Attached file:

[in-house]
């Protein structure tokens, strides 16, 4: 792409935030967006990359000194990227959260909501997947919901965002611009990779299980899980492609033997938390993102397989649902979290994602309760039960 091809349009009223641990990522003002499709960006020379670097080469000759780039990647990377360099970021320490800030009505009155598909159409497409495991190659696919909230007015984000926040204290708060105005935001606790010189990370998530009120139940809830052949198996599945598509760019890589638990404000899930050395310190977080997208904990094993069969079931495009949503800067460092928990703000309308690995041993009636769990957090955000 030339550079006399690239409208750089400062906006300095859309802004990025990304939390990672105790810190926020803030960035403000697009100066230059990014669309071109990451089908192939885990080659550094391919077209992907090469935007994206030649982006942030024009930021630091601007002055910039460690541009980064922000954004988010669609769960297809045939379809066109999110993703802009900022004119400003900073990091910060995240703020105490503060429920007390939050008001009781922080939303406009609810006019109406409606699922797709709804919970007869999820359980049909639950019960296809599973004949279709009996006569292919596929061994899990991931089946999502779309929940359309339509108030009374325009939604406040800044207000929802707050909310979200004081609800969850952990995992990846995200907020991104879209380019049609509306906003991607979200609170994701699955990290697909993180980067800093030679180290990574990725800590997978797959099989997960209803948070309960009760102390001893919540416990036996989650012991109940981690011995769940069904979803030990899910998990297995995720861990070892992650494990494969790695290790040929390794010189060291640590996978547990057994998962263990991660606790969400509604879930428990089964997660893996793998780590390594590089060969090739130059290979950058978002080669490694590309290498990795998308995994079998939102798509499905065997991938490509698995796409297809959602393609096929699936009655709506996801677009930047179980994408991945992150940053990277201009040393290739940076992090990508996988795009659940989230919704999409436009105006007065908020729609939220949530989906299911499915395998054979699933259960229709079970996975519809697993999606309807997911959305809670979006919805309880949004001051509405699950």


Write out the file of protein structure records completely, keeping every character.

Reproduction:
[in-house]
């Protein structure tokens, strides 16, 4: 792409935030967006990359000194990227959260909501997947919901965002611009990779299980899980492609033997938390993102397989649902979290994602309760039960 091809349009009223641990990522003002499709960006020379670097080469000759780039990647990377360099970021320490800030009505009155598909159409497409495991190659696919909230007015984000926040204290708060105005935001606790010189990370998530009120139940809830052949198996599945598509760019890589638990404000899930050395310190977080997208904990094993069969079931495009949503800067460092928990703000309308690995041993009636769990957090955000 030339550079006399690239409208750089400062906006300095859309802004990025990304939390990672105790810190926020803030960035403000697009100066230059990014669309071109990451089908192939885990080659550094391919077209992907090469935007994206030649982006942030024009930021630091601007002055910039460690541009980064922000954004988010669609769960297809045939379809066109999110993703802009900022004119400003900073990091910060995240703020105490503060429920007390939050008001009781922080939303406009609810006019109406409606699922797709709804919970007869999820359980049909639950019960296809599973004949279709009996006569292919596929061994899990991931089946999502779309929940359309339509108030009374325009939604406040800044207000929802707050909310979200004081609800969850952990995992990846995200907020991104879209380019049609509306906003991607979200609170994701699955990290697909993180980067800093030679180290990574990725800590997978797959099989997960209803948070309960009760102390001893919540416990036996989650012991109940981690011995769940069904979803030990899910998990297995995720861990070892992650494990494969790695290790040929390794010189060291640590996978547990057994998962263990991660606790969400509604879930428990089964997660893996793998780590390594590089060969090739130059290979950058978002080669490694590309290498990795998308995994079998939102798509499905065997991938490509698995796409297809959602393609096929699936009655709506996801677009930047179980994408991945992150940053990277201009040393290739940076992090990508996988795009659940989230919704999409436009105006007065908020729609939220949530989906299911499915395998054979699933259960229709079970996975519809697993999606309807997911959305809670979006919805309880949004001051509405699950």